TEHRAN: Iran dismissed as “fiction” on Thursday US allegations that it had plotted to kill former White House national security adviser (NSA) John Bolton in retaliation for the assassination of one of its top commanders.
The US claim comes at a crunch moment in talks on reviving a nuclear deal between Iran and major powers that Washington had abandoned in 2018 but has said it wants to rejoin, with Iran now considering what European Union mediators have called a “final” text.
“The US Justice Department has made allegations without providing valid evidence, creating a new work of fiction,” Iran’s foreign ministry spokesman Nasser Kanani said.
“This time they have come up with a plot involving individuals like Bolton whose political career has failed,” Kanani scoffed.
“The Islamic republic warns against any action that targets Iranian citizens by resorting to ridiculous accusations.”
The US Justice Department said on Wednesday that it had indicted a member of Iran’s Revolutionary Guards over allegations he had offered to pay an individual in the United States $300,000 to kill Bolton.
The plan was likely set in retaliation for the US killing of top Guards commander Qasem Soleimani in Iraq in January 2020, the department said.
Guards member Shahram Poursafi is also alleged to have dangled the possibility of a second target he said would earn the ostensible assassin $1 million.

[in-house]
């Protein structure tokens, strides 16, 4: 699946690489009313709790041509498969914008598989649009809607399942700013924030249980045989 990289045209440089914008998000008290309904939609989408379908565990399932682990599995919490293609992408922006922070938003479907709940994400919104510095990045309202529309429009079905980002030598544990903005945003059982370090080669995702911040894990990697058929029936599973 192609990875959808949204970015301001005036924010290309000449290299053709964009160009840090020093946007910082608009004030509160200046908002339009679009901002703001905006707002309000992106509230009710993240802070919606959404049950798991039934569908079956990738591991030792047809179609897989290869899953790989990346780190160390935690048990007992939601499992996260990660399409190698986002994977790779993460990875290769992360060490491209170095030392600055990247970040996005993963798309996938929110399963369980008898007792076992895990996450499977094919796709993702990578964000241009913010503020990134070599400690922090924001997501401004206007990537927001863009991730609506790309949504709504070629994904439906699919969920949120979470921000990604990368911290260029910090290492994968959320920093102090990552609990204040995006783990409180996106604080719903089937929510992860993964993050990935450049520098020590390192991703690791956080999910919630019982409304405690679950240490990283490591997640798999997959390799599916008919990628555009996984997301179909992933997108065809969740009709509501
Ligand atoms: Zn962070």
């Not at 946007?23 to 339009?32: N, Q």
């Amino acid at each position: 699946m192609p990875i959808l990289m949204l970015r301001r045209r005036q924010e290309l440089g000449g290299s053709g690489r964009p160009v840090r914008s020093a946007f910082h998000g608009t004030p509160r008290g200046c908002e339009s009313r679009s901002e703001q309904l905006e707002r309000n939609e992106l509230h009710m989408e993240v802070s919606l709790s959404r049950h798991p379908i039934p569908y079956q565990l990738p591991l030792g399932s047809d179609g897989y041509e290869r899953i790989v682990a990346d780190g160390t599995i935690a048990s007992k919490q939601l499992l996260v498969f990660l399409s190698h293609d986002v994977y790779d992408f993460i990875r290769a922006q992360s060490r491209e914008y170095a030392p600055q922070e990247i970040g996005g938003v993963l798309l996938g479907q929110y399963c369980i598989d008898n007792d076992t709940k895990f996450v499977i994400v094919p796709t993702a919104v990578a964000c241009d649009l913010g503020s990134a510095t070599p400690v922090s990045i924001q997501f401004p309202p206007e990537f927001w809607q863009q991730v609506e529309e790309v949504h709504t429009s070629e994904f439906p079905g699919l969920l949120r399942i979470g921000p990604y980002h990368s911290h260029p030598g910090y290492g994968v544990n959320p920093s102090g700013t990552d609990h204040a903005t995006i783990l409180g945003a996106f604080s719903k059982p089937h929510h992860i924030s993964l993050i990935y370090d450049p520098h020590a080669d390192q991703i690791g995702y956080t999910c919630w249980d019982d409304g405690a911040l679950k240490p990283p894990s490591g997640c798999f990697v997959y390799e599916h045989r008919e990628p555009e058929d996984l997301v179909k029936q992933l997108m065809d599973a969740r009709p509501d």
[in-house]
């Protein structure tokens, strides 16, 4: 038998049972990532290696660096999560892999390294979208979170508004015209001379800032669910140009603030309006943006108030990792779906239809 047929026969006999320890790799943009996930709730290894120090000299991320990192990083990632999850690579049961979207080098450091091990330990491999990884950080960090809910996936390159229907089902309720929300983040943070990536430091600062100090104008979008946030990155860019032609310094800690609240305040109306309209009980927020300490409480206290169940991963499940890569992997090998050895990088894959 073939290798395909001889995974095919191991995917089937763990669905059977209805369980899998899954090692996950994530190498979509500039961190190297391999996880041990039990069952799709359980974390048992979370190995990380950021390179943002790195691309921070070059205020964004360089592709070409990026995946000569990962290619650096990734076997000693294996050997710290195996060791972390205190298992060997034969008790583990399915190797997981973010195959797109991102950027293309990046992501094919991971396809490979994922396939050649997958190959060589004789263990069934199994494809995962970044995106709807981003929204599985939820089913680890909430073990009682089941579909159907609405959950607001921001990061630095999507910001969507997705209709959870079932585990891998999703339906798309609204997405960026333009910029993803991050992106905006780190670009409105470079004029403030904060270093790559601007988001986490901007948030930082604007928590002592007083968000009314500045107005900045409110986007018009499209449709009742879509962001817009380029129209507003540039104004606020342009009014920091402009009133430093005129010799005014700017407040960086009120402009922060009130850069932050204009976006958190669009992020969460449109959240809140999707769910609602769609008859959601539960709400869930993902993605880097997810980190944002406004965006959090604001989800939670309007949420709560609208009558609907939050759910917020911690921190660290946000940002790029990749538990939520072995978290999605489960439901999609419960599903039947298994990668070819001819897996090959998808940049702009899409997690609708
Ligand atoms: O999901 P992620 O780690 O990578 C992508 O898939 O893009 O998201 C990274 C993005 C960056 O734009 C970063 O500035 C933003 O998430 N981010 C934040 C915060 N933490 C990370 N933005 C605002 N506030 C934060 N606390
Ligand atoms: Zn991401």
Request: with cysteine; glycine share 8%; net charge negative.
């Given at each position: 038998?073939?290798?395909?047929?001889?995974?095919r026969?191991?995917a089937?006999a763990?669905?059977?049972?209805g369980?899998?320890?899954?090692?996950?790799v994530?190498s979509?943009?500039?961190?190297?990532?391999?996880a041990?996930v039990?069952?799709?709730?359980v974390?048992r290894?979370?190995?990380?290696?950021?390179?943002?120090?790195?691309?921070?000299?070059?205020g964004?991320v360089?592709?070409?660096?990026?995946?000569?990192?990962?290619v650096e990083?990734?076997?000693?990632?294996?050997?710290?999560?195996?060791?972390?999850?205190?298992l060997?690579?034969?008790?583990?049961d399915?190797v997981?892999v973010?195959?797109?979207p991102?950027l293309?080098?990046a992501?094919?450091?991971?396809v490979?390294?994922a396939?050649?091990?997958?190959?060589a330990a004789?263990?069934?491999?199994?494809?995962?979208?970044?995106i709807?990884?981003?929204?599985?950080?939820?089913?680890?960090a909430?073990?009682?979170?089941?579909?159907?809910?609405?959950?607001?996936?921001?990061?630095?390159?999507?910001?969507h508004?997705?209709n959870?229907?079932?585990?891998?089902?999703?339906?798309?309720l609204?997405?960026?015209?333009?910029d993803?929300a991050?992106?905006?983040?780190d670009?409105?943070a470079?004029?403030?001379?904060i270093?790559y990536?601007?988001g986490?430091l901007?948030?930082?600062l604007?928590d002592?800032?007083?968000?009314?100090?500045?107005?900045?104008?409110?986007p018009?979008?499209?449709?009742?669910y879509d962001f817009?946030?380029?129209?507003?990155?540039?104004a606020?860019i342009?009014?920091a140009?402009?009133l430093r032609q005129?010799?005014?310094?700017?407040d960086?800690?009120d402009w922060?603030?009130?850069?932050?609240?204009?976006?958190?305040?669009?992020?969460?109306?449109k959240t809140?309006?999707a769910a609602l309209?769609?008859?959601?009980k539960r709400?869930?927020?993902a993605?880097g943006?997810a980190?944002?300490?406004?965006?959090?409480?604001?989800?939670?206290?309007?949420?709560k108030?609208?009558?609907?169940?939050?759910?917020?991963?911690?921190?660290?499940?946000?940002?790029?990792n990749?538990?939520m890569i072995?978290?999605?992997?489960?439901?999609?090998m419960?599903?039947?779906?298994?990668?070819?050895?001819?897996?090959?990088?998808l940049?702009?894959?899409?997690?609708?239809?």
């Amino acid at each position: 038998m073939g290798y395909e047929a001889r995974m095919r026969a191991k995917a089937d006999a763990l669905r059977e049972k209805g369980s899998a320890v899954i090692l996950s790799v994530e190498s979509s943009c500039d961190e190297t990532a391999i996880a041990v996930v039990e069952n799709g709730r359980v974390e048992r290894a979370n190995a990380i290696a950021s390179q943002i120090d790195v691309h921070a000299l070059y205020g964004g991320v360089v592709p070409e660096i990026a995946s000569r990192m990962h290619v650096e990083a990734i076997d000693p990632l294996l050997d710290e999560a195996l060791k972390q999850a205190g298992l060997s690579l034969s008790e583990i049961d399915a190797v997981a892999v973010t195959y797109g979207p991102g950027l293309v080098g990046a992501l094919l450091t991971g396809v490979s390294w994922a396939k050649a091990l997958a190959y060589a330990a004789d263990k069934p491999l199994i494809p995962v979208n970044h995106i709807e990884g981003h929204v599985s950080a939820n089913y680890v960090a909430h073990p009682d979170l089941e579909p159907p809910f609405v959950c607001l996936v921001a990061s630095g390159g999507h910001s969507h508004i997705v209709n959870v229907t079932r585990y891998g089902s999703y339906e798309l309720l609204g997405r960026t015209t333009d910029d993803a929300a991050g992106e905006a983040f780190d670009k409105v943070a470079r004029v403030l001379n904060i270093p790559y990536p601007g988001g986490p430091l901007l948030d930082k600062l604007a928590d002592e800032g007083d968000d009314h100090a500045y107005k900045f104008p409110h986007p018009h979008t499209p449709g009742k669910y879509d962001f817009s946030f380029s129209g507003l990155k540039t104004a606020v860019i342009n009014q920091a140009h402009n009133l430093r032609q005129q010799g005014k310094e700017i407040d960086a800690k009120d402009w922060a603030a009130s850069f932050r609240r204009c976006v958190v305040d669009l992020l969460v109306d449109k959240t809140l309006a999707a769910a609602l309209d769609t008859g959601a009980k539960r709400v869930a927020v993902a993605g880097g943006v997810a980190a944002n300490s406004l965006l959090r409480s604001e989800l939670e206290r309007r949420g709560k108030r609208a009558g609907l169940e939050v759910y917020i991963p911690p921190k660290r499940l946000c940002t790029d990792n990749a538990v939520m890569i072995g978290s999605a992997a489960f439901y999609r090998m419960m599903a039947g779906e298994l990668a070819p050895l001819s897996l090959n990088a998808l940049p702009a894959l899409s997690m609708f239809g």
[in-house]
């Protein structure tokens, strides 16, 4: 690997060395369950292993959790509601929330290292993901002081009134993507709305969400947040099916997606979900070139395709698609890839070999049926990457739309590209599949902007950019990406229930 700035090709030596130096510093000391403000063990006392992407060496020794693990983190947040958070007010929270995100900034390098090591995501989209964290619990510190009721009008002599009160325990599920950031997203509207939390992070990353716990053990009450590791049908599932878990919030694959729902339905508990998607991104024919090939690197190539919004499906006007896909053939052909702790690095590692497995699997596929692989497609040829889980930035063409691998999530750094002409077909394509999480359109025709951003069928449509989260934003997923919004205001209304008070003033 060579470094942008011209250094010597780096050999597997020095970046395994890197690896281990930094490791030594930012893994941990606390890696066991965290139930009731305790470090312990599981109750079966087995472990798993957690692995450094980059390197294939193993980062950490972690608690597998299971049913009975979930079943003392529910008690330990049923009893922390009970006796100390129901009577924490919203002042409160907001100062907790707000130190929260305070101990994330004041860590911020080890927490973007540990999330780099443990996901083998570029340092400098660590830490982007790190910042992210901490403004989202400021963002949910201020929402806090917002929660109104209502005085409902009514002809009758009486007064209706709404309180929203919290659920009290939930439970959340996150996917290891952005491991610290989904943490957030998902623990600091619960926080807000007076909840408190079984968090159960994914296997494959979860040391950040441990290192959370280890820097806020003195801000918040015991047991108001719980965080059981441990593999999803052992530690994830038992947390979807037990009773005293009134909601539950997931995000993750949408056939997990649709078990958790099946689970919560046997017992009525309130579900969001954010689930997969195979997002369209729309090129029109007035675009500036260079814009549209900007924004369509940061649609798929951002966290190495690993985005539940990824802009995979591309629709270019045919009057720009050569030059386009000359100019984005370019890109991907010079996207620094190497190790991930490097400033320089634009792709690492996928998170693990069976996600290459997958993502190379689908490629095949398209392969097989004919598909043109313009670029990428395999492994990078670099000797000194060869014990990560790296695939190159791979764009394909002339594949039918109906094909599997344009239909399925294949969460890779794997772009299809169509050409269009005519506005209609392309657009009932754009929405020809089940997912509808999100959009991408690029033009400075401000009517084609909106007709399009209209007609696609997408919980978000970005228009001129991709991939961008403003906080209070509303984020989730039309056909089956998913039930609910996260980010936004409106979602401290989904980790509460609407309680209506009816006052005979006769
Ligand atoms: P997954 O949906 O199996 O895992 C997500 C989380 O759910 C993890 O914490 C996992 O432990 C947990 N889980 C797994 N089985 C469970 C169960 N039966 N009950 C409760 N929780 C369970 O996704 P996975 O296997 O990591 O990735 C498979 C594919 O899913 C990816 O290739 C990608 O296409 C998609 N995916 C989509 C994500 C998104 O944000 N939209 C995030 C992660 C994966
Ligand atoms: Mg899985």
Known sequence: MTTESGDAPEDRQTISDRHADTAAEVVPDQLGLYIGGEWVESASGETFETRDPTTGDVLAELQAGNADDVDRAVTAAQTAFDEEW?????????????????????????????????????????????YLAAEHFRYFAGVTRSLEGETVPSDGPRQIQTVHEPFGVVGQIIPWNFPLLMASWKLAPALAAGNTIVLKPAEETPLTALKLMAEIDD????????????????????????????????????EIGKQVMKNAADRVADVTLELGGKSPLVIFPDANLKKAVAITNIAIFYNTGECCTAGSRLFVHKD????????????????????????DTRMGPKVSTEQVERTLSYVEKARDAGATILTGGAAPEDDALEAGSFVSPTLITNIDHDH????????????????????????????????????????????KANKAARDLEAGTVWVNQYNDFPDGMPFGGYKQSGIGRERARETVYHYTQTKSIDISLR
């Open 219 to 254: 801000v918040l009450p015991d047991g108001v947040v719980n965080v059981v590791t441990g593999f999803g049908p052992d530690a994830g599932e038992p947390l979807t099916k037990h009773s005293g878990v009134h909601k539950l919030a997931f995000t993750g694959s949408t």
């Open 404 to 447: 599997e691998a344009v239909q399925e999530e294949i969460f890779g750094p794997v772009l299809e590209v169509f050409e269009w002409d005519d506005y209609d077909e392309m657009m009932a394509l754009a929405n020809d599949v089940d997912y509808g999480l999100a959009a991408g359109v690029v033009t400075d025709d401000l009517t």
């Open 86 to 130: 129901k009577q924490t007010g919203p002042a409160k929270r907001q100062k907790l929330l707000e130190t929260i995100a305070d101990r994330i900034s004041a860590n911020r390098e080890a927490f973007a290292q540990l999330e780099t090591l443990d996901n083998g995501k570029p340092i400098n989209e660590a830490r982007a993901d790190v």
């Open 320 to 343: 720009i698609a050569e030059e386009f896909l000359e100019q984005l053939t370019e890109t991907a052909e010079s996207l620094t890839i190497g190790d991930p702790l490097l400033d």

The court papers did not identify that alleged target, but according to US media outlet Axios, it was former secretary of state and CIA director Mike Pompeo.
The person Poursafi was dealing with was actually an informant for the US Federal Bureau of Investigation, according to the court filings.
Poursafi was charged with the use of interstate commerce facilities in the commission of murder-for-hire, which carries up to 10 years in prison; and with providing and attempting to provide material support to a transnational murder plot, which carries a 15-year sentence.
The Justice Department said Poursafi remains at large and is believed to be in Iran.
“Should Iran attack any of our citizens, to include those who continue to serve the United States or those who formerly served, Iran will face severe consequences,” current White House NSA Jake Sullivan warned after the charges were announced.
Soleimani, a revered figure in Iran, was killed in a US drone strike just after he landed at Baghdad’s airport on January 7, 2020.
Since his death, Tehran has vowed to take revenge, and the United States has ramped up security for prominent current and former officials, including Pompeo, who was leading the State Department when Soleimani was killed.
Bolton, like Pompeo a strong critic of Iran, was the NSA in the White House of former president Donald Trump from April 2018 to September 2019.
He was strongly opposed to the 2015 deal putting limits on Iran’s nuclear programme, and supported the Trump administration’s unilateral pullout from the pact in May 2018.
Bolton blasted Iran’s government as “liars, terrorists, and enemies of the United States” in a statement on Wednesday.
Kanani said the US Justice Department’s “baseless claims” were a smokescreen to “avoid being held to account for the numerous crimes in which the US government has been directly implicated, like the cowardly assassination” of Soleimani.